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A Tale of Elsinore

William Topaz McGonagall 1825 – 1902 (Greyfriars Parish, Edinburgh)

A little child stood thinking, sorrowfully and ill at ease,
In a forest beneath the branches of the tall pine trees -
And his big brown eyes with tears seemed dim,
While one soft arm rested on a huge dog close by him.

And only four summers had passed o'er his baby head,
And, poor little child, his twin brother was dead,
Who had died but a few days before,
And now he must play alone, for he'd see him no more.

And for many generations 'tis said for a truth
That the eldest bairn of the Cronberg family died early in youth,
Owing to a curse that pursued them for many a day,
Because the Cronberg chief had carried a lovely maiden away,

That belonged, 'tis said, to the bold Viking chief,
And her aged mother could find no relief;
And she cursed the Cronberg family in accents wild,
For the loss of her darling, beautiful child.

So at last the little child crept back to its home,
And entered the silent nursery alone,
Where he knew since morning his twin brother had lain,
But, alas! they would never walk hand in hand again.

And, pausing breathless, he gazed into the darkened room,
And there he saw in the dark gloom
The aged Gudrun keeping her lonely watch o'er the dead,
Sad and forlorn at the head of the bed.

Then little Olaf sprang joyfully into the room,
And bounding upon the bed, not fearing the corpse in the gloom;
And crept close beside the white form,
That was wont to walk by his side night and morn.

And with his dimpled hands his brother he did stroke,
And with grief his little heart almost broke;
And he whispered in baby talk his brother's name,
But, alas! to him no answer came.

But his good old nurse let little Olaf be,
The more it was very sad to see;
But she could not check the child, nor on him frown,
And as she watched him, the tears came trickling down.

Then Olaf cried, "Oh, nursey, when will he speak again?"
And old Gudrun said, "My lamb,'tis all in vain,
He is singing sweet songs with the angels now,"
And kissed him fondly on cheek and brow.

And the same evening, Olaf wandered out on the green,
Which to him and his brother oft a playground had been;
And lying down on the messy bank, their old play place,
He fell asleep with a heavenly smile upon his face.

And as he slept if seemed to him an angel drew near,
And bending o'er him seemed to drop a tear,
And swept his closed eyes with her downy wing,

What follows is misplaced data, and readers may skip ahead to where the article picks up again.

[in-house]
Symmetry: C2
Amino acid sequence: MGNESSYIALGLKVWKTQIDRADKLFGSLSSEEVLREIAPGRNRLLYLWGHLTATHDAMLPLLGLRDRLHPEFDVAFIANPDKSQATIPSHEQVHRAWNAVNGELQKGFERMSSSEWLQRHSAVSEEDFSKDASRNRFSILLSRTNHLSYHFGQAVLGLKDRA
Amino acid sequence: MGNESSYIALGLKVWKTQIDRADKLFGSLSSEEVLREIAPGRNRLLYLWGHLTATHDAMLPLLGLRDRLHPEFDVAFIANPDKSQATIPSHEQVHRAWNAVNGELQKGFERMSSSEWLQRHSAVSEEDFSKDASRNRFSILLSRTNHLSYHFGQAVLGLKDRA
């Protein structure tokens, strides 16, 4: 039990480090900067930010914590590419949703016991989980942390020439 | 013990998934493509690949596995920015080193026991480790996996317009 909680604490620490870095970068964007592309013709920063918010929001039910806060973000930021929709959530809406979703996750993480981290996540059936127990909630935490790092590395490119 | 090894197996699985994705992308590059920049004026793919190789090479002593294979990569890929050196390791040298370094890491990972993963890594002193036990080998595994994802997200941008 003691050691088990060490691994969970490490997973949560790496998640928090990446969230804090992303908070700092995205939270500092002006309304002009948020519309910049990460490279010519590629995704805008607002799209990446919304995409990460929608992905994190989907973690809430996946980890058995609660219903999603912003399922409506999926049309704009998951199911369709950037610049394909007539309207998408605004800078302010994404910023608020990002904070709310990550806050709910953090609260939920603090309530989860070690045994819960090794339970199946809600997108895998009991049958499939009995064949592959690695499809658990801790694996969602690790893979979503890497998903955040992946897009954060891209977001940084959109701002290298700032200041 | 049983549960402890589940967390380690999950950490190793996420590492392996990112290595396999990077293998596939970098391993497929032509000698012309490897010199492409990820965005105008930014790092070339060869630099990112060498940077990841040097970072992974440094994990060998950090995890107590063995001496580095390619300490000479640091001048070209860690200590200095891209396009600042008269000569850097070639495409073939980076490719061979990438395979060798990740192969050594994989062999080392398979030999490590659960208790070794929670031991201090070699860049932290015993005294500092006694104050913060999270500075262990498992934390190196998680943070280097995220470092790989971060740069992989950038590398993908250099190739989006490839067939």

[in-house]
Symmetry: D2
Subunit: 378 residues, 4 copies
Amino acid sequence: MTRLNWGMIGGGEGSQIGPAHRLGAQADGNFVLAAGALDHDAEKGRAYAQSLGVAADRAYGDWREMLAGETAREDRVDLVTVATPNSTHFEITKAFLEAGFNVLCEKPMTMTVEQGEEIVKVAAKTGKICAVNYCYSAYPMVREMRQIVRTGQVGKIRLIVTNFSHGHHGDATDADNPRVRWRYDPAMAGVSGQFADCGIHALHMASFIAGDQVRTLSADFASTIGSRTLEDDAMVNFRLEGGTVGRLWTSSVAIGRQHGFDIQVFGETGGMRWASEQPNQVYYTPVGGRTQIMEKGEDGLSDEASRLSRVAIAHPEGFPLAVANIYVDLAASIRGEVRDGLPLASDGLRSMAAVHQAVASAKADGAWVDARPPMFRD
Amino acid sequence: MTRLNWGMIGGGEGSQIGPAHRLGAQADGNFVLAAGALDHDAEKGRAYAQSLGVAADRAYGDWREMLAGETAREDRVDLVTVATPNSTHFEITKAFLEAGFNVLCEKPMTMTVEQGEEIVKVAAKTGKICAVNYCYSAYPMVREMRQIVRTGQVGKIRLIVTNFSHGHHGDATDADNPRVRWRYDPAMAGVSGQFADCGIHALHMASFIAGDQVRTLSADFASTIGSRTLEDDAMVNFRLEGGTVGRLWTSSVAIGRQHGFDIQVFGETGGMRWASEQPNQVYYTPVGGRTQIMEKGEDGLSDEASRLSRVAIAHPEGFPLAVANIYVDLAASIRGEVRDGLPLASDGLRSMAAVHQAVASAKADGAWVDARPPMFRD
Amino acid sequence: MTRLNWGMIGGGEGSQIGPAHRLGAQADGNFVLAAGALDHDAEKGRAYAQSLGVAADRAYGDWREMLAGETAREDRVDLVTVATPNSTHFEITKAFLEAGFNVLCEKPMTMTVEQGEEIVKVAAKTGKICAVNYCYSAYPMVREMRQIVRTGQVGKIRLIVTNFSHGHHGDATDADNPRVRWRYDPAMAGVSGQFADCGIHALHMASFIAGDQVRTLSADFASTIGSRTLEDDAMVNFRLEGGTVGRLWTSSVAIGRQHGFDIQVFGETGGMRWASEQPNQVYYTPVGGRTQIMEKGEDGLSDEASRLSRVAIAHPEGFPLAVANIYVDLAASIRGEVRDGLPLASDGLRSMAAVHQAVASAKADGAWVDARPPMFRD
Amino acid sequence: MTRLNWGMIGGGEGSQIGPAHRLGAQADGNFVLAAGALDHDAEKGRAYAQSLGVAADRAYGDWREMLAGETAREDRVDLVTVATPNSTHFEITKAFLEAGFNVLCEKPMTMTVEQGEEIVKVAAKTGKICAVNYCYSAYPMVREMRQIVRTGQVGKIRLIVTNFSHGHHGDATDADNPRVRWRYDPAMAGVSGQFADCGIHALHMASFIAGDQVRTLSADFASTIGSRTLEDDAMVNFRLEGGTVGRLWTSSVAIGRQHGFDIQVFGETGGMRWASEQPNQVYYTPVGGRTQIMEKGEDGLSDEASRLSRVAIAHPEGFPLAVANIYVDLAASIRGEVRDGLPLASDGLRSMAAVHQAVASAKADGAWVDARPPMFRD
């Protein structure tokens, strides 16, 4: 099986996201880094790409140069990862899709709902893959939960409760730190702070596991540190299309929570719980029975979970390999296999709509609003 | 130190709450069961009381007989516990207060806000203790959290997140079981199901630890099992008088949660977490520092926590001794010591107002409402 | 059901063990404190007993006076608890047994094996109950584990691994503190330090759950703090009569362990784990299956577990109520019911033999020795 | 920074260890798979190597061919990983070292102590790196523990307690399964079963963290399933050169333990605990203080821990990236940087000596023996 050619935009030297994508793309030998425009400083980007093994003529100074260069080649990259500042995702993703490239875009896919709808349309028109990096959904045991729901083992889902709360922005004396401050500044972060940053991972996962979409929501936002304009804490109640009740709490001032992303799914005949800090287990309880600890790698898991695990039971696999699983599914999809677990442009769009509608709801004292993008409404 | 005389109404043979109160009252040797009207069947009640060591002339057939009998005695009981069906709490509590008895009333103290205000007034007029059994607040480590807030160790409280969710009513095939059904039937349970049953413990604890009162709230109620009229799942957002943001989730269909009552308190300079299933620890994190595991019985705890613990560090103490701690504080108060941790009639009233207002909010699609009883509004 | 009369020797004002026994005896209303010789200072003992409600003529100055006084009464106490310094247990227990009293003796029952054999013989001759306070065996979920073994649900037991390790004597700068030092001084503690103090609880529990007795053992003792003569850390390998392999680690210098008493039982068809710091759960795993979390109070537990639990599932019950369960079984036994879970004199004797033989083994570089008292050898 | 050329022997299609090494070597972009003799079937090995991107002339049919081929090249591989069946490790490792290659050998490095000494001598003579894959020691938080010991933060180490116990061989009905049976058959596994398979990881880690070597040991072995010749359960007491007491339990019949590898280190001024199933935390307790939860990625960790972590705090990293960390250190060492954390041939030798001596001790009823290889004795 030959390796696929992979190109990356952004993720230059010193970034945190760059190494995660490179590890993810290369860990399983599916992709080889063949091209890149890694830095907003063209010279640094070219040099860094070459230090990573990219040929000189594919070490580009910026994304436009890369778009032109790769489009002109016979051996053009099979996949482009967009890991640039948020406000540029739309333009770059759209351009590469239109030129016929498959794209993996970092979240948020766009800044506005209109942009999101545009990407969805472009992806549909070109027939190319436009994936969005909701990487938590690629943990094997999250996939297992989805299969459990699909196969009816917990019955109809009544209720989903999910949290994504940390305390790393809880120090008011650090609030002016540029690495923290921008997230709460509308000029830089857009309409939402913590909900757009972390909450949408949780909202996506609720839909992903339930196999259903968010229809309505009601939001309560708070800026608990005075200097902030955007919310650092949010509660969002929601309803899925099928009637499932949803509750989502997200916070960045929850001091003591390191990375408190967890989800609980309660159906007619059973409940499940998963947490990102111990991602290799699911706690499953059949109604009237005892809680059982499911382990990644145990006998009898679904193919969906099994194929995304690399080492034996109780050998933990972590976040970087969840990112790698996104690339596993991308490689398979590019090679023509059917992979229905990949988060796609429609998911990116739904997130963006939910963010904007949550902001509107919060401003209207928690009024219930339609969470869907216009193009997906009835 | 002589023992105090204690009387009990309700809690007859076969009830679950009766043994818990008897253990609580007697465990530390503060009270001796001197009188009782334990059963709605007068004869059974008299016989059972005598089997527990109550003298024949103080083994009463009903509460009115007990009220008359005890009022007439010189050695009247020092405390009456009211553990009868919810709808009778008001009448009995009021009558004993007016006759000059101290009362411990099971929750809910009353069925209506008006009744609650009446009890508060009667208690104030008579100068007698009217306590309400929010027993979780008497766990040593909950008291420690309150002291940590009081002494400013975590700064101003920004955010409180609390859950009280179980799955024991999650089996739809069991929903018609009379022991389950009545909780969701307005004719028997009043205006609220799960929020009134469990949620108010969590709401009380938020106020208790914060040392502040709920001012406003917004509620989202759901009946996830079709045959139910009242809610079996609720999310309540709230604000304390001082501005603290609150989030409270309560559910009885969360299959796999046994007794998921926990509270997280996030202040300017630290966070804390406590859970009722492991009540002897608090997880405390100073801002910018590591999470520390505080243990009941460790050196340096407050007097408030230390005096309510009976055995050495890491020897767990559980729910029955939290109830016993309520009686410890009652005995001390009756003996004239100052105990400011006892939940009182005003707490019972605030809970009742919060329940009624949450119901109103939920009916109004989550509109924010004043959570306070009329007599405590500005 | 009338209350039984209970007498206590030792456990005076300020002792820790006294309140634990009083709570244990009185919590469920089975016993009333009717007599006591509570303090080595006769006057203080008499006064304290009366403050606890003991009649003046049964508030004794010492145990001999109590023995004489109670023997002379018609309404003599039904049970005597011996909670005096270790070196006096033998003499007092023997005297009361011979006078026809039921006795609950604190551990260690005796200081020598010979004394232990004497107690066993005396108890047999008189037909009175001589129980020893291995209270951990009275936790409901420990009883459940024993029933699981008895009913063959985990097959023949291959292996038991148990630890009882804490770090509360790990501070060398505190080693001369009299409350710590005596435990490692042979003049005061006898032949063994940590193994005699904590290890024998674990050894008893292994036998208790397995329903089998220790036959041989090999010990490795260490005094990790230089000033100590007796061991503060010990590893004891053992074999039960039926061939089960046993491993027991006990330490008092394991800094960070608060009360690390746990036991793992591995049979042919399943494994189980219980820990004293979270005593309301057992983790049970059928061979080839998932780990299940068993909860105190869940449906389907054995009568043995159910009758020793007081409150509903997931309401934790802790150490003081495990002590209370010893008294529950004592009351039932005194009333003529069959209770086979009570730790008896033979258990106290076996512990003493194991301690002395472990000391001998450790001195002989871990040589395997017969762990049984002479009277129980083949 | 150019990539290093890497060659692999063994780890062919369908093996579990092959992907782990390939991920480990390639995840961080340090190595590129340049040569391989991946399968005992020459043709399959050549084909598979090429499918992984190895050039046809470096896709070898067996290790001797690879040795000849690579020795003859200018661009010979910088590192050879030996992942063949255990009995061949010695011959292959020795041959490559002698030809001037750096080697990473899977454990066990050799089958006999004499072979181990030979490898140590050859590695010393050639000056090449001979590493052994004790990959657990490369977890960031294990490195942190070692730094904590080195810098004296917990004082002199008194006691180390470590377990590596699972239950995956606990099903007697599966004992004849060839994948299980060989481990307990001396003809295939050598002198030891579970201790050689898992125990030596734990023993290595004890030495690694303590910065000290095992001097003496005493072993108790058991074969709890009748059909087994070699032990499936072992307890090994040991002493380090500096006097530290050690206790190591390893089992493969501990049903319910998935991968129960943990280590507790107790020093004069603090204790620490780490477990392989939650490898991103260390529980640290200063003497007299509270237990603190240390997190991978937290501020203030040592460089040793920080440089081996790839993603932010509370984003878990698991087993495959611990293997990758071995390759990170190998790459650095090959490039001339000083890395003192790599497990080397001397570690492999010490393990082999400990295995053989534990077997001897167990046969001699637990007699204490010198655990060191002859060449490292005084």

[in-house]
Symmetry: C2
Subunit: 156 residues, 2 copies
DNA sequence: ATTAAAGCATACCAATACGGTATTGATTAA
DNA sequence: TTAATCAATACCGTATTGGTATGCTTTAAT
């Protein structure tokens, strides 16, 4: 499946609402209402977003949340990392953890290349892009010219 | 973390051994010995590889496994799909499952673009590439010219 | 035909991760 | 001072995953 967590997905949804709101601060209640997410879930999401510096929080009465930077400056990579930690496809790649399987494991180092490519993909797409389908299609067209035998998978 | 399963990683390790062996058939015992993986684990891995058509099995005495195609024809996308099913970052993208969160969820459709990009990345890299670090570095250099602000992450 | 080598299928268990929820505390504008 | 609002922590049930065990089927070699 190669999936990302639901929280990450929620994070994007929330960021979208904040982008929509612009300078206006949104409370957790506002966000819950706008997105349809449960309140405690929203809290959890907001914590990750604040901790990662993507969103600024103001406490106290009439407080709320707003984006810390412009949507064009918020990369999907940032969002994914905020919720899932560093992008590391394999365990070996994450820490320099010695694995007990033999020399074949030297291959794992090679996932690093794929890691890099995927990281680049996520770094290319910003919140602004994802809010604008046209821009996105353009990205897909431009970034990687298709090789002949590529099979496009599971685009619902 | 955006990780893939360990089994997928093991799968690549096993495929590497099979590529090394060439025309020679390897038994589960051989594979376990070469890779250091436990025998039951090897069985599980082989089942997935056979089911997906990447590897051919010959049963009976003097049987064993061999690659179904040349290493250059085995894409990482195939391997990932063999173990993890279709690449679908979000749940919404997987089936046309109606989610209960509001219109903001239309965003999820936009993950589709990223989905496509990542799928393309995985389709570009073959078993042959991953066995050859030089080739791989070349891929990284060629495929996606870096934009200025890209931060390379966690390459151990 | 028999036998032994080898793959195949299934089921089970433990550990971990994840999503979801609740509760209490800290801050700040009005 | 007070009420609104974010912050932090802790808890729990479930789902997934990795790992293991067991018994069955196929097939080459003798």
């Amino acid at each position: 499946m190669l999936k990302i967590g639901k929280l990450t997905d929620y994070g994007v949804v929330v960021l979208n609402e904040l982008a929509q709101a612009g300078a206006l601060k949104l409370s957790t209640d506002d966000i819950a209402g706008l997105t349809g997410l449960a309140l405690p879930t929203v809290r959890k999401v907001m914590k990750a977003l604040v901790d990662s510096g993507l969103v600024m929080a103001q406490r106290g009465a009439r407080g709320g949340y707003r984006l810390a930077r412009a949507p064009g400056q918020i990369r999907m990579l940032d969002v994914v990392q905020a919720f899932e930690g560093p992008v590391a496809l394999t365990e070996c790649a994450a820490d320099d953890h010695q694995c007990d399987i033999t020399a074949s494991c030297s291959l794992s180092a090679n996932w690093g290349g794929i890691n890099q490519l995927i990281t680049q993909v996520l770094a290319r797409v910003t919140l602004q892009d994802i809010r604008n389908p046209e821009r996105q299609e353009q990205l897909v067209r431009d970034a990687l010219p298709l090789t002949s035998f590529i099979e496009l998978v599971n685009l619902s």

Then in whispers softly she did sing -

"Love God and be good to all, and one day
You'll meet your brother in Heaven in grand array,
On that bright and golden happy shore,
Where you and your brother shall part no more."

Then the angel kissed him and vanished away,
And Olaf started to his feet in great dismay;
Then he turned his eyes to Heaven, for his heart felt sore,
And from that day the house of Cronberg was cursed no more.

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Submitted on May 13, 2011

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William Topaz McGonagall

William Topaz McGonagall (March 1825 – 29 September 1902) was an Irish weaver, poet and actor who lived in Scotland. He won notoriety as an extremely bad poet who exhibited no recognition of, or concern for, his peers' opinions of his work. He wrote about 200 poems, including "The Tay Bridge Disaster" and "The Famous Tay Whale", which are widely regarded as some of the worst in English literature. Groups throughout Scotland engaged him to make recitations from his work, and contemporary descriptions of these performances indicate that many listeners were appreciating McGonagall's skill as a comic music hall character. Collections of his verse remain popular, with several volumes available today. McGonagall has been lampooned as the worst poet in British history. The chief criticisms are that he was deaf to poetic metaphor and unable to scan correctly. His only apparent understanding of poetry was his belief that it needed to rhyme. McGonagall's fame stems from the humorous effects these shortcomings are considered to generate in his work. Scholars argue that his inappropriate rhythms, weak vocabulary, and ill-advised imagery combine to make his work amongst the most unintentionally amusing dramatic poetry in the English language. His work is in a long tradition of narrative ballads and verse written and published about great events and tragedies, and widely circulated among the local population as handbills. In an age before radio and television, their voice was one way of communicating important news to an avid public. more…

All William Topaz McGonagall poems | William Topaz McGonagall Books

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    "A Tale of Elsinore" Poetry.com. STANDS4 LLC, 2021. Web. 14 Jun 2021. <https://www.poetry.com/poem/41767/a-tale-of-elsinore>.

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